MONTGOMERY, Ala. (AP) - The Alabama Supreme Court will weigh in on claims by a lawmaker facing perjury charges that the prosecutors who indicted him — and also appear to be investigating Speaker of the House Mike Hubbard - are acting without proper authority.
Rep. Barry Moore, R-Enterprise, is challenging Attorney General Luther Strange’s appointment of a retired district attorney to oversee the investigation. Moore’s lawyers argued only the governor has the ability to appoint someone. They also questioned Strange’s ability to hand-pick his successor if he was stepping aside from a case.
The attorney general’s office convened the special grand jury in Lee County last summer. Strange said last year that he had recused himself from the case and appointed retired St. Clair District Attorney W. Van Davis to lead the investigation. The grand jury indicted Moore in April.
Lawyers for Moore filed an appeal to the Court of Criminal Appeals after a Lee County judge in June rejected his motion to dismiss the charges.
The all-Republican Supreme Court on July 25 decided to fast-track the issue and hear arguments directly instead of letting it wind up through the appellate process.
Prosecutors said Moore lied to the grand jury when he denied telling primary election opponent Josh Pipkin that Speaker Hubbard had threatened to hold up economic development funds if Pipkin stayed in the race. Pipkin had recorded a telephone call with Moore, who won the June 3 primary.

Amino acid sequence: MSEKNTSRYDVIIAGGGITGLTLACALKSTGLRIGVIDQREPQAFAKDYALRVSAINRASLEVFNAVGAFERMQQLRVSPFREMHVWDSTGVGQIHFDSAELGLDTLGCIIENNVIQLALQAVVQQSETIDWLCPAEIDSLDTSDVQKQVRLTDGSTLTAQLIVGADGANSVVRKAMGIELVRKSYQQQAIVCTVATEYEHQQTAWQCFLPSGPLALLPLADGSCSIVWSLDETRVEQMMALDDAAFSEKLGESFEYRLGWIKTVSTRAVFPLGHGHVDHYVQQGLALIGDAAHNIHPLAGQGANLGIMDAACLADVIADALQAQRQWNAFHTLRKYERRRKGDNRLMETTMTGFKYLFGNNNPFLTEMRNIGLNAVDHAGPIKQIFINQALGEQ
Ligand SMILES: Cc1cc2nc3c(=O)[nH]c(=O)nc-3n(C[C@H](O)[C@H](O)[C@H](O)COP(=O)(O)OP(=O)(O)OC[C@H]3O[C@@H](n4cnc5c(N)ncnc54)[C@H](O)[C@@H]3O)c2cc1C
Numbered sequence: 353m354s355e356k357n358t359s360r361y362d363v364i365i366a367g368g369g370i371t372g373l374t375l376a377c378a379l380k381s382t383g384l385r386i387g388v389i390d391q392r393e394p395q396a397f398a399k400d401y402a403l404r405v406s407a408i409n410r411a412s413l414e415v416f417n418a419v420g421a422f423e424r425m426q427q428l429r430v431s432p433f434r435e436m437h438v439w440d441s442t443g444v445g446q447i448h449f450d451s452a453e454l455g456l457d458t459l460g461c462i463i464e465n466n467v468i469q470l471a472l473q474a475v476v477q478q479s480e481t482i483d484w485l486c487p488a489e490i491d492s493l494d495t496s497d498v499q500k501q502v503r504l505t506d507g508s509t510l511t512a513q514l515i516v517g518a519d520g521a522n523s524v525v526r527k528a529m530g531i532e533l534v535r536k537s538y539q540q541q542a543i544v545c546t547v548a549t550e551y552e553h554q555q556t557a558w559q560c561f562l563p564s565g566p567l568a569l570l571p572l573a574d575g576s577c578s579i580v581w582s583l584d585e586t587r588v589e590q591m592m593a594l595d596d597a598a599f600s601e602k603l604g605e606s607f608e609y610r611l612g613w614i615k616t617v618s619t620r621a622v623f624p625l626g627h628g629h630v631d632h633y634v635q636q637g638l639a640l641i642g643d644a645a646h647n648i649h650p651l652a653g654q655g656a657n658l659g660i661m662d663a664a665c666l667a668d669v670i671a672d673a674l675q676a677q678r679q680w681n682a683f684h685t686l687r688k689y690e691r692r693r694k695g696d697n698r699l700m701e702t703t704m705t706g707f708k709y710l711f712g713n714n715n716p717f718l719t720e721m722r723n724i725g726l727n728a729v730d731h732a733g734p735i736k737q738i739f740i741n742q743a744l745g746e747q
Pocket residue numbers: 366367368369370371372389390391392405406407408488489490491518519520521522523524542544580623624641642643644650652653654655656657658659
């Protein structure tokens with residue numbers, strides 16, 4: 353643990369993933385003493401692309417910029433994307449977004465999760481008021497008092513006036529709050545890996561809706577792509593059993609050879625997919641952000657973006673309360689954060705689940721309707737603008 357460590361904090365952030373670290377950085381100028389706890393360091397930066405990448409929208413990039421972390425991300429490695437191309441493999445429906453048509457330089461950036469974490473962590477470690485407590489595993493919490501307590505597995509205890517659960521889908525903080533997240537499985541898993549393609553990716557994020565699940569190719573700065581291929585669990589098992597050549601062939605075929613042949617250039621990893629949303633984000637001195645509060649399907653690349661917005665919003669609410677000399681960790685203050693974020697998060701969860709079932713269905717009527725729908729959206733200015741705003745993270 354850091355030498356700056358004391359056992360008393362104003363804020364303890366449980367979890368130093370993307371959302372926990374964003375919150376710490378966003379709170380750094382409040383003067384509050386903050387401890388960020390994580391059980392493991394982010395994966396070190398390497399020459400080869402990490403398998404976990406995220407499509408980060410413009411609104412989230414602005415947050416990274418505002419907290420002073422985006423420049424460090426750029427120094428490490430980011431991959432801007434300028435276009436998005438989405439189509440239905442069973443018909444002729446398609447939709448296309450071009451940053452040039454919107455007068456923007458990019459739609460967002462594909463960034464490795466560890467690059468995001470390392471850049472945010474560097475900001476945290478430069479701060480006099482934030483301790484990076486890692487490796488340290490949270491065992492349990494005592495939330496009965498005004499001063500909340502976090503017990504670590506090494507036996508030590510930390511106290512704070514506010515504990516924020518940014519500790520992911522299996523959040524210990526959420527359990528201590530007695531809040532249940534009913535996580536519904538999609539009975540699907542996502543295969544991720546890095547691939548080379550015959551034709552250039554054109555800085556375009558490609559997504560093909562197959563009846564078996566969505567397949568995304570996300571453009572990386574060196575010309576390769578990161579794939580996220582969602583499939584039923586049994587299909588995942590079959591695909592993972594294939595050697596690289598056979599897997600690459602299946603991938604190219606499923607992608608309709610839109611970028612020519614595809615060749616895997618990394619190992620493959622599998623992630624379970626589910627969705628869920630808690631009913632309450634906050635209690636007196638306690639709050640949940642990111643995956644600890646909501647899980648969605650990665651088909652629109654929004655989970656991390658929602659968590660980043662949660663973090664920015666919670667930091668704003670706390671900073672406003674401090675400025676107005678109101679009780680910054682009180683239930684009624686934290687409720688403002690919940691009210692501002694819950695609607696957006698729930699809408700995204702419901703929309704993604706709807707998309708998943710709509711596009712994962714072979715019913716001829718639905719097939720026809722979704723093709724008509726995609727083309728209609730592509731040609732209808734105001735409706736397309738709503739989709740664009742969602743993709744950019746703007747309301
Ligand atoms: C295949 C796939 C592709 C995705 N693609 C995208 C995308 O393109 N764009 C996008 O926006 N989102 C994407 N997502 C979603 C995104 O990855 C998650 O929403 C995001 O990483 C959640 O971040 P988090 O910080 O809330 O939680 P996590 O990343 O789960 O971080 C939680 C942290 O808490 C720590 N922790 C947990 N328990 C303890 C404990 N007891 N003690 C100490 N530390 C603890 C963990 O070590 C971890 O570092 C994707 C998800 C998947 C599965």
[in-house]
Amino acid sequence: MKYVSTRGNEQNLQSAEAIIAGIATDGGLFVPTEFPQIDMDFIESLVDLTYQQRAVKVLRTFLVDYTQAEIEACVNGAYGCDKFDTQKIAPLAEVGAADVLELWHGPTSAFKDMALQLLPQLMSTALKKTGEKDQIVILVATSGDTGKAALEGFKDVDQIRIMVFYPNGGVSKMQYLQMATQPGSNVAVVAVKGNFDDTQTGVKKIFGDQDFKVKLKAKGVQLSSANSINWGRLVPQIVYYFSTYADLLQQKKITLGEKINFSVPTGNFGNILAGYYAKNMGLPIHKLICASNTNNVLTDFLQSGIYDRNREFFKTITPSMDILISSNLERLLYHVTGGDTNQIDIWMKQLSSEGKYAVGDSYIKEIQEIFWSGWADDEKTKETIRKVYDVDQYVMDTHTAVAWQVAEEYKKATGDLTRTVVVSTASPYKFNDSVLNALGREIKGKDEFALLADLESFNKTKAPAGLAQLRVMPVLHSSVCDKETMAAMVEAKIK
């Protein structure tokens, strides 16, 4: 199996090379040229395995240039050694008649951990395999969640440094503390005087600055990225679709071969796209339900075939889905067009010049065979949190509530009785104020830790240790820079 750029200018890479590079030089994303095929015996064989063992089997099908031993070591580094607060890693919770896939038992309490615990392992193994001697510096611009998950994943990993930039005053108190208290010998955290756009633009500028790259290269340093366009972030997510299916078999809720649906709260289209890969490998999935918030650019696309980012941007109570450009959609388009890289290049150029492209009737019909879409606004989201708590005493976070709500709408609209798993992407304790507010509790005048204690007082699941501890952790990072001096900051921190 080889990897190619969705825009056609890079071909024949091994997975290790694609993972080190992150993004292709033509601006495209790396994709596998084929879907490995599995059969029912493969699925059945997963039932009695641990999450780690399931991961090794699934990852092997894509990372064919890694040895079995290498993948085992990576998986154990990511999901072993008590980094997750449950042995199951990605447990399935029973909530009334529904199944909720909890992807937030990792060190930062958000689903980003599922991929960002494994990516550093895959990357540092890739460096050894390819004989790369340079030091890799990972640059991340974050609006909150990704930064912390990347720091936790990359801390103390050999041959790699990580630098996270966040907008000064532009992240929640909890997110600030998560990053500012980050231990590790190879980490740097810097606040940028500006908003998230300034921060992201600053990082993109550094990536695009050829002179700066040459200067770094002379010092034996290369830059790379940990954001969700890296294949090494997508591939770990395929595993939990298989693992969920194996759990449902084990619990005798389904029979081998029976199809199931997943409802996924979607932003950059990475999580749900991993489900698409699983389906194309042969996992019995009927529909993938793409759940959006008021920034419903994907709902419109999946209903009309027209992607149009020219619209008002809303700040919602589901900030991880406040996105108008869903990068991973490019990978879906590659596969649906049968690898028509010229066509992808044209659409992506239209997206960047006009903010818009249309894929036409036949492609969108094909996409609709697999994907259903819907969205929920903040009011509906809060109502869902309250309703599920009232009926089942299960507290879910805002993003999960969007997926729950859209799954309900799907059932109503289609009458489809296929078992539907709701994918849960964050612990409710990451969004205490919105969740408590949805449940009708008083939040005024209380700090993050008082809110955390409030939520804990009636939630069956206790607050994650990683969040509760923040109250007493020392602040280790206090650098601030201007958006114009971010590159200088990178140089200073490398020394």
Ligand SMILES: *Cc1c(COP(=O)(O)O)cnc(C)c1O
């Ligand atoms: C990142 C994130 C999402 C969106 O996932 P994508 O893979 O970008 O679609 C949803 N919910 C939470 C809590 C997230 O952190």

Moore’s lawyer Bill Baxley questioned the authority of Davis and Matt Hart, chief of special prosecution for the attorney general, to run the grand jury.
“How these privately practicing lawyers so appeared, without any valid appointment by the governor, and without taking any oath of office, remains as much a mystery,” Baxley wrote.
State prosecutors argue state law gives an attorney general the clear ability to appoint a district attorney to handle a matter.
“Attorney General Strange directed Supernumerary Davis to handle matters regarding an ongoing investigation involving potential public corruption in Alabama. Attorney General Strange’s directing of Davis to act in this matter is entirely appropriate,” prosecutors wrote in their filing with the court.
The outcome of Moore’s challenge to the prosecution team could impact the future of the special grand jury and more than the case against Moore.
Circuit Judge Jacob Walker III this summer released a copy of a letter Strange sent Davis in January 2013.
The letter thanked Davis for agreeing “to assume oversight of the State’s interests in the current investigative matters relating to State Representative Mike Hubbard to include all criminal matters arising from that investigation.”
The grand jury has met off and on in Lee County, Hubbard’s home county, since it was convened.
Hubbard’s attorney Mark White has declined to discuss the grand jury. White said the fillings raise, “serious constitutional issues that concern unprecedented conduct by an attorney general and a recused attorney general, who happen to be the same person.”